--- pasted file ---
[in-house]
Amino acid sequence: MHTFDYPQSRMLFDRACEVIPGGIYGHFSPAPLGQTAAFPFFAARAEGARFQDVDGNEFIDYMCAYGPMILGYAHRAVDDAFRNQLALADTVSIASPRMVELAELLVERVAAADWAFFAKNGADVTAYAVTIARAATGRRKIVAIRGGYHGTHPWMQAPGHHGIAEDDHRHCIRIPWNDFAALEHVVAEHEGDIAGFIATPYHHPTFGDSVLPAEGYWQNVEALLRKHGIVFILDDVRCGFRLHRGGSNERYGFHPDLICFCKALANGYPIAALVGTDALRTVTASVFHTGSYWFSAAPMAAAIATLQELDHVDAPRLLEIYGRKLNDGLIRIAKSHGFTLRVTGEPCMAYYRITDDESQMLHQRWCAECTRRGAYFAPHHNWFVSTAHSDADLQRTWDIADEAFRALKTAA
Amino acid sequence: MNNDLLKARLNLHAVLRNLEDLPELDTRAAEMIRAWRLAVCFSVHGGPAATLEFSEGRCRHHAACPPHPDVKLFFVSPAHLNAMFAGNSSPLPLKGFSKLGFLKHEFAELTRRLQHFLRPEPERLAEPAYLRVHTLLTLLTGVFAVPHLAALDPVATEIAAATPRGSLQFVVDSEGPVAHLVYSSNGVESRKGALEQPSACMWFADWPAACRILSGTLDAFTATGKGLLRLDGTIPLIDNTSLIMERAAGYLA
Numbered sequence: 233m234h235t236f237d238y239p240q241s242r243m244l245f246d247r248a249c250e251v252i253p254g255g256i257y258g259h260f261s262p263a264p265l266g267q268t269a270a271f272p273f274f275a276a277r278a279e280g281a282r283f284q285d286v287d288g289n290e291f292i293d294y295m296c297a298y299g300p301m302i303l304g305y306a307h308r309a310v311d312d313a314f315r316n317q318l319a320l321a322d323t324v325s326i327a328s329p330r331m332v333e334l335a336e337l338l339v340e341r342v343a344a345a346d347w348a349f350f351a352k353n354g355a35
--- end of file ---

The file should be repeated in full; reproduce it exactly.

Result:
[in-house]
Amino acid sequence: MHTFDYPQSRMLFDRACEVIPGGIYGHFSPAPLGQTAAFPFFAARAEGARFQDVDGNEFIDYMCAYGPMILGYAHRAVDDAFRNQLALADTVSIASPRMVELAELLVERVAAADWAFFAKNGADVTAYAVTIARAATGRRKIVAIRGGYHGTHPWMQAPGHHGIAEDDHRHCIRIPWNDFAALEHVVAEHEGDIAGFIATPYHHPTFGDSVLPAEGYWQNVEALLRKHGIVFILDDVRCGFRLHRGGSNERYGFHPDLICFCKALANGYPIAALVGTDALRTVTASVFHTGSYWFSAAPMAAAIATLQELDHVDAPRLLEIYGRKLNDGLIRIAKSHGFTLRVTGEPCMAYYRITDDESQMLHQRWCAECTRRGAYFAPHHNWFVSTAHSDADLQRTWDIADEAFRALKTAA
Amino acid sequence: MNNDLLKARLNLHAVLRNLEDLPELDTRAAEMIRAWRLAVCFSVHGGPAATLEFSEGRCRHHAACPPHPDVKLFFVSPAHLNAMFAGNSSPLPLKGFSKLGFLKHEFAELTRRLQHFLRPEPERLAEPAYLRVHTLLTLLTGVFAVPHLAALDPVATEIAAATPRGSLQFVVDSEGPVAHLVYSSNGVESRKGALEQPSACMWFADWPAACRILSGTLDAFTATGKGLLRLDGTIPLIDNTSLIMERAAGYLA
Numbered sequence: 233m234h235t236f237d238y239p240q241s242r243m244l245f246d247r248a249c250e251v252i253p254g255g256i257y258g259h260f261s262p263a264p265l266g267q268t269a270a271f272p273f274f275a276a277r278a279e280g281a282r283f284q285d286v287d288g289n290e291f292i293d294y295m296c297a298y299g300p301m302i303l304g305y306a307h308r309a310v311d312d313a314f315r316n317q318l319a320l321a322d323t324v325s326i327a328s329p330r331m332v333e334l335a336e337l338l339v340e341r342v343a344a345a346d347w348a349f350f351a352k353n354g355a35